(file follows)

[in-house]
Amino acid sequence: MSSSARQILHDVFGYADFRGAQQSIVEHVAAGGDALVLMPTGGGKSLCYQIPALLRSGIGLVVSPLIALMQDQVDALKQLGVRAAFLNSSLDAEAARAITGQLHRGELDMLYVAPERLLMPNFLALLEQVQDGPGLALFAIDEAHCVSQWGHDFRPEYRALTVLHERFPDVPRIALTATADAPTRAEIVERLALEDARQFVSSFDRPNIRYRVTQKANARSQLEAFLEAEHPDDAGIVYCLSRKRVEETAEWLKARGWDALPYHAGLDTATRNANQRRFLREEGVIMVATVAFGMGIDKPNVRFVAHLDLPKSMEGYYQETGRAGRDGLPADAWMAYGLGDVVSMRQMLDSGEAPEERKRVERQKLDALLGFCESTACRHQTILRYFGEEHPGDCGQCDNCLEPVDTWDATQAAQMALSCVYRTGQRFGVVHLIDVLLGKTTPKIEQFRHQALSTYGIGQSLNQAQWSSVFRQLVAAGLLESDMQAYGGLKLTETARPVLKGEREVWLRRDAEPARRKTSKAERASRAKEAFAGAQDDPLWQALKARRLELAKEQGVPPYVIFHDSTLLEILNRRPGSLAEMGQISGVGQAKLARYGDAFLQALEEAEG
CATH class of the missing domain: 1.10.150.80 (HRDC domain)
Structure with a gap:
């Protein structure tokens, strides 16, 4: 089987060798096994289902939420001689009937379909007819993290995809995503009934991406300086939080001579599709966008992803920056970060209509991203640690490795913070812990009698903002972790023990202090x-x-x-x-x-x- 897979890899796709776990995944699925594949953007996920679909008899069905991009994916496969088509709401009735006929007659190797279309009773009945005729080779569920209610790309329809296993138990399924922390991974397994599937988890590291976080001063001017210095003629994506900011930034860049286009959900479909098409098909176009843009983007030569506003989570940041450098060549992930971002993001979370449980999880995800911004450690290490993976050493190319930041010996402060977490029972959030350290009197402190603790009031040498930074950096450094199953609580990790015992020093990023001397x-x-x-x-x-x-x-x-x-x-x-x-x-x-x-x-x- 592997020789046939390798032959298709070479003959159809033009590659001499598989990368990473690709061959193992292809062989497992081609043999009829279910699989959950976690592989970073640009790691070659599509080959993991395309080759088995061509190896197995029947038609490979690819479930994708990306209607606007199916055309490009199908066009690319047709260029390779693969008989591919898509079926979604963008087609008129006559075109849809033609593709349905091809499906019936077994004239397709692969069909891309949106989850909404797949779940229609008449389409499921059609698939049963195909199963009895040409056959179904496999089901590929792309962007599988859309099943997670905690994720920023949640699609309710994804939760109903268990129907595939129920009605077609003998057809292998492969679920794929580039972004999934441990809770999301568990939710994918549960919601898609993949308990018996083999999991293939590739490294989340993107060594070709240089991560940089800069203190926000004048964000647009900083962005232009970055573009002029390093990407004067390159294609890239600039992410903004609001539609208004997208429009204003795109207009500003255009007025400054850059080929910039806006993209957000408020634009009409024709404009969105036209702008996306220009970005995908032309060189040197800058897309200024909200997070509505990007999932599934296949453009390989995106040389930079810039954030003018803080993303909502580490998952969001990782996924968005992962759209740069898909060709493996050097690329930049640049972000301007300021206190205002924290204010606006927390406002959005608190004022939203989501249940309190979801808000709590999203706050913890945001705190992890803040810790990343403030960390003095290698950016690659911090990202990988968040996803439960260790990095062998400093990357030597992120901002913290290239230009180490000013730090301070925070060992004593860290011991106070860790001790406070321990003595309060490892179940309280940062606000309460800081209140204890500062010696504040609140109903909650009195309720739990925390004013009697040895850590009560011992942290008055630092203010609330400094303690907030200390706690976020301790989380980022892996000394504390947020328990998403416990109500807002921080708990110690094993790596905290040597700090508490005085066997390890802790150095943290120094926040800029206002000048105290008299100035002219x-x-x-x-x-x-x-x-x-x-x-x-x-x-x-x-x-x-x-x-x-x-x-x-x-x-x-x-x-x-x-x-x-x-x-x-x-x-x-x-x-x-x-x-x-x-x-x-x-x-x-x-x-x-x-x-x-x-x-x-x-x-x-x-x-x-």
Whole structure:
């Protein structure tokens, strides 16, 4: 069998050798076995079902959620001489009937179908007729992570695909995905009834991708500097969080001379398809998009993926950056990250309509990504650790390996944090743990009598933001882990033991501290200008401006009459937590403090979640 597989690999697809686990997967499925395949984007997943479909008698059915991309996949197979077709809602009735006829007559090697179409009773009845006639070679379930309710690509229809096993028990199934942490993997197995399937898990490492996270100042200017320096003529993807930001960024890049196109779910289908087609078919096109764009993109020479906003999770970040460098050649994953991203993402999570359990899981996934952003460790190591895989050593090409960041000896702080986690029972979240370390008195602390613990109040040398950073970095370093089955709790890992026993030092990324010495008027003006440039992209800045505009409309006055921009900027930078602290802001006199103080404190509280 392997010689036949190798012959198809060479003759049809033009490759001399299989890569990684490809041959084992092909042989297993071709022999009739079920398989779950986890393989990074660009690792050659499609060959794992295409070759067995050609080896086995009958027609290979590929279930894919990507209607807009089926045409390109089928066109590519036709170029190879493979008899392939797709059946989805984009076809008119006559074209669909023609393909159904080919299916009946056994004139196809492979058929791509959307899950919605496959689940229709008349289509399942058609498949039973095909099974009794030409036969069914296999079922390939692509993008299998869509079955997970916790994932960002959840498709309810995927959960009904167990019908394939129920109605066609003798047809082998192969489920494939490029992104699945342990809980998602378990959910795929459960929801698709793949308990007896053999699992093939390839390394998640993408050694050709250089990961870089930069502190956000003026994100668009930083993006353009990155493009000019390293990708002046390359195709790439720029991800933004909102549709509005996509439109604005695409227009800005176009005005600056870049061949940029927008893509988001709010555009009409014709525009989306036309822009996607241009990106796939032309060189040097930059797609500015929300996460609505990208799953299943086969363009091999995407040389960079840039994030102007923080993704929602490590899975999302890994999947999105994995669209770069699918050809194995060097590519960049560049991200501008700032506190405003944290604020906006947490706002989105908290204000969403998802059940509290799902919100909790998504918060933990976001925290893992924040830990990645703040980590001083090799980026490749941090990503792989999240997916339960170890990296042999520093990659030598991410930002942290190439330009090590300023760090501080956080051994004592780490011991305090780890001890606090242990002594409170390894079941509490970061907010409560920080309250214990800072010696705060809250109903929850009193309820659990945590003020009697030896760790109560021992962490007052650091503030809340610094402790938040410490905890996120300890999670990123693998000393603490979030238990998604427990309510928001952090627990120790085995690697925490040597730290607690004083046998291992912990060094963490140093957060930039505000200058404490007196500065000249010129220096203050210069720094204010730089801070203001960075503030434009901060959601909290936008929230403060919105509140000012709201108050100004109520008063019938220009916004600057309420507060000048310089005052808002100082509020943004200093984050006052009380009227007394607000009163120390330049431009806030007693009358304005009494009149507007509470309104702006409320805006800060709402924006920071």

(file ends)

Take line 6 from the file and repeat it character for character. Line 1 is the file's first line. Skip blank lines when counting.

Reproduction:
Whole structure: